Angelman Ireland
Angelman Ireland

Communication

 

  •  Non verbal communicaiton can be hard to explain but I go with - spend a few hours with Boo and then come back to me if you cant understand her. The main communication method is a bit of signing, a bit of natural gestures , that is pointing and head nodding, a lot of vocalisation and then photographs, icons and proloquo to go on ipad. It all works depending on where we are. Her undersanding of everything you are talking about is not the issue its the ability to express the actual words in her head that make perfect sense to her.  The eyes would drill into you and say it all.  Aps and AAC may not suit everyone but there are a range of options to talk to  a speech therapist and school about.

 

  • We have learned that speech therapy for a child who cannot really talk goes back to basics of communication.  Where we had been concentrating on sounds and words we had to go back to real basics of listening and concentrating on the eye contact. Boy can she make it easy to follow what she is looking and aiming at. The turn taking and stopping what we are doing to go to her level and follow her lead really helped. We had to stop using so many words.

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  • At the start this all appeared a bit obvious but like a lot of things we were not doing the obvious. We are using sounds and words and Boo is quiet clearly a ‘non verbal communicator’. She uses eyes, signs, pointing and brut force  to tell you what to do. As her understanding of words is not the issue it took a while for us to get our heads around why are we trying to get her to say words that she understands when she may not be actually able to say them. ie Asking a question but does that child understand the concept of a question.  

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  • She does use words when very highly motivated, for example to say hiya or hello to a complete stranger to get their undivided attention. Usually they have something nice she wants. With people she knows the smile and shout or wave is enough. If the family are on the off chance not talking to her and having their own conversation (hard to imagine) then we are more likely to get attempts at words or she has just come out with names or ‘I ‘ which covers ‘I want’ or ‘I will do’. So we know she can say words. Likewise ‘here’ or ‘there’ is a clear instruction of where to put things for her or where you will find what she wants. Big on names.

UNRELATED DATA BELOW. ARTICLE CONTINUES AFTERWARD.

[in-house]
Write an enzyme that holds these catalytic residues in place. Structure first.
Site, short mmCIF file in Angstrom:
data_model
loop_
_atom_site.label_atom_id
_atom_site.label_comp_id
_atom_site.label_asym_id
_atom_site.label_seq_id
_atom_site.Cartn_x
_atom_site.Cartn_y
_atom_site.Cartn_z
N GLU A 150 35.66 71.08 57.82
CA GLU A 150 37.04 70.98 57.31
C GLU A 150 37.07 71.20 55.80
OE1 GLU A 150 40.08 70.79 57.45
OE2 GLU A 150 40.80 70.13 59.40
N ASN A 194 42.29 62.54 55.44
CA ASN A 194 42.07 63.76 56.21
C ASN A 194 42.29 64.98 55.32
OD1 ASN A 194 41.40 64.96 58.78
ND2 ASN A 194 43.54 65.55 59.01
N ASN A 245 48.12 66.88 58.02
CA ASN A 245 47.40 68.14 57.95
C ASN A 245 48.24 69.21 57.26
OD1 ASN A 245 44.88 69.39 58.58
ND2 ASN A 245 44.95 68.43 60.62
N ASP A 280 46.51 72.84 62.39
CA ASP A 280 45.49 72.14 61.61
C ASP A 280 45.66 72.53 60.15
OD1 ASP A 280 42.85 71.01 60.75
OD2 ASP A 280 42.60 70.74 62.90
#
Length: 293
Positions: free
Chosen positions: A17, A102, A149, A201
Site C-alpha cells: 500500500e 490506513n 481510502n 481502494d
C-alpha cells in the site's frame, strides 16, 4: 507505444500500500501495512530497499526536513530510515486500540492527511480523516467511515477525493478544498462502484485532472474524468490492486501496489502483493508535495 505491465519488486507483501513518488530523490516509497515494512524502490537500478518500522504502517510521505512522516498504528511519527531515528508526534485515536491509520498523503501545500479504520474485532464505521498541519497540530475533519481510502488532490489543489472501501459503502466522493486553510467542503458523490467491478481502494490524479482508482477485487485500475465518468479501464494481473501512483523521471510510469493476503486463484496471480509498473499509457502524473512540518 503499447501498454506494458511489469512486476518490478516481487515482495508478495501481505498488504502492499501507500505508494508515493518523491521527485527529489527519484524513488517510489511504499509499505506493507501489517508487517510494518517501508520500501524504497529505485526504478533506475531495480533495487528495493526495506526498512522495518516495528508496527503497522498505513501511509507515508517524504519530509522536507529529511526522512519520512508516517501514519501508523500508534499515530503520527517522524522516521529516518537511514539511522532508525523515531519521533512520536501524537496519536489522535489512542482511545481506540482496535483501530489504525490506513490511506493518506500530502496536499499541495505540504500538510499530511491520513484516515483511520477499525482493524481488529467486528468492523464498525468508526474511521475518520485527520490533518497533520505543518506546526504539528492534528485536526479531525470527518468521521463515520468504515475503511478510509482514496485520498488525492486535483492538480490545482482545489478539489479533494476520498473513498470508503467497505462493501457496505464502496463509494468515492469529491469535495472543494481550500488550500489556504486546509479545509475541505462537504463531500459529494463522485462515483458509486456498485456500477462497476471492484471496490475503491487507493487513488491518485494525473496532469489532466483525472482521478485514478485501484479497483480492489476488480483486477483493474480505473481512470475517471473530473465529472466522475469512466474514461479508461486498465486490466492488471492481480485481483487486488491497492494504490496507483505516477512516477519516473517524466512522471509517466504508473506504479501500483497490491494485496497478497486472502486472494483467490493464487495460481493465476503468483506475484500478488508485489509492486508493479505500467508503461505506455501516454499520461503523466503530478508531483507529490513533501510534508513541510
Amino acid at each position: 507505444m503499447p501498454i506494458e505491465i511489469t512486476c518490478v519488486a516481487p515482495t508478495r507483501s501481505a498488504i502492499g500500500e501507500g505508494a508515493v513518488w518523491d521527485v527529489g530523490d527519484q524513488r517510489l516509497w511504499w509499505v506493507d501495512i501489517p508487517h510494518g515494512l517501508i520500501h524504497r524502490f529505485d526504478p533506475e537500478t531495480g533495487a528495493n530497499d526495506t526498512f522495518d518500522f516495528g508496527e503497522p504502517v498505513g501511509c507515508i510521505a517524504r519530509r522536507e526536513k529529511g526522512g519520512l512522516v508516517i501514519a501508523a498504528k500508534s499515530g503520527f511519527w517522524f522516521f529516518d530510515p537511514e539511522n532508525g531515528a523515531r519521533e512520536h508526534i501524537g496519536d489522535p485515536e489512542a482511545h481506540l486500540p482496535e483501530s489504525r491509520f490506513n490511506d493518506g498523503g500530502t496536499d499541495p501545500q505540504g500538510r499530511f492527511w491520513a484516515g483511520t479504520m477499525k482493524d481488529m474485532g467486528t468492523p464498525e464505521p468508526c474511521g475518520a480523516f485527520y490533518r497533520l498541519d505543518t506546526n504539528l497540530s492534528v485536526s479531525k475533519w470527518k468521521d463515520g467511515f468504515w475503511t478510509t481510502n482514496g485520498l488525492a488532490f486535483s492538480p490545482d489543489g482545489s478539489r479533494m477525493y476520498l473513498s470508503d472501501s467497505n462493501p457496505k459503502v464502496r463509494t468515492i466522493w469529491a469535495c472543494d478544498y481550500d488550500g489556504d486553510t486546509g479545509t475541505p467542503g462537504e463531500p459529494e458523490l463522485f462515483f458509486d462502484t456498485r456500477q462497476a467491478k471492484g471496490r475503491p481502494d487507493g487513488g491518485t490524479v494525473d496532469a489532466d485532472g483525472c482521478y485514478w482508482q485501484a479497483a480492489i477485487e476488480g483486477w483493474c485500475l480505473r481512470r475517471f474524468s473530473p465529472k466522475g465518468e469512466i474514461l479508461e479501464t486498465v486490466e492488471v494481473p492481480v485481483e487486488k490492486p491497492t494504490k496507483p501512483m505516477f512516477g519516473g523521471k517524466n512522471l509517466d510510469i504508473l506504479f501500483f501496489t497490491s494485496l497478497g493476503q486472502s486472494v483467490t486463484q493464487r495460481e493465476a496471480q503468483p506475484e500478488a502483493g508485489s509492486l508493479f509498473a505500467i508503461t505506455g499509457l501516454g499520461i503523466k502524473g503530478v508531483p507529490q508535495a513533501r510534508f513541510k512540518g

• Her use of  pictures has progressed to basic catergories and they work well for not only choosing things but for her to be able to tell us what she wants to do or where we are going. We also realised by telling her where we are going in the car  and showing a picture of place she was less frustrated as she is well aware of every route we take and where everyone lives.

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  • The receptive language, ie understanding is streets ahead of her expressive , ie what she can say so we give her alternative ways to 'say' a word. A picture or symbol or sign means she is saying that word in a way she can. HB logo is clearly an icecream - not rocket science.

  • When people say, oh look at your dolly, a lovely dolly what is her name can you show me. good God how many questions can you ask a child who cant speak and changing the vocab in each part. Just say 'doll', then maybe 'Boos doll'.

  • In the links section, at the bottom of 'Welcome to our journey' - see the reference to The Hanen Centre whose approach has worked very well for Boo. I found it really helpful to see the level she was at in terms of communication  so then I could see how the 'experts' were evaluating her.

 

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Co Dublin, Ireland

 

E-mail: hetheringtons@eircom.net

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© Sara Hetherington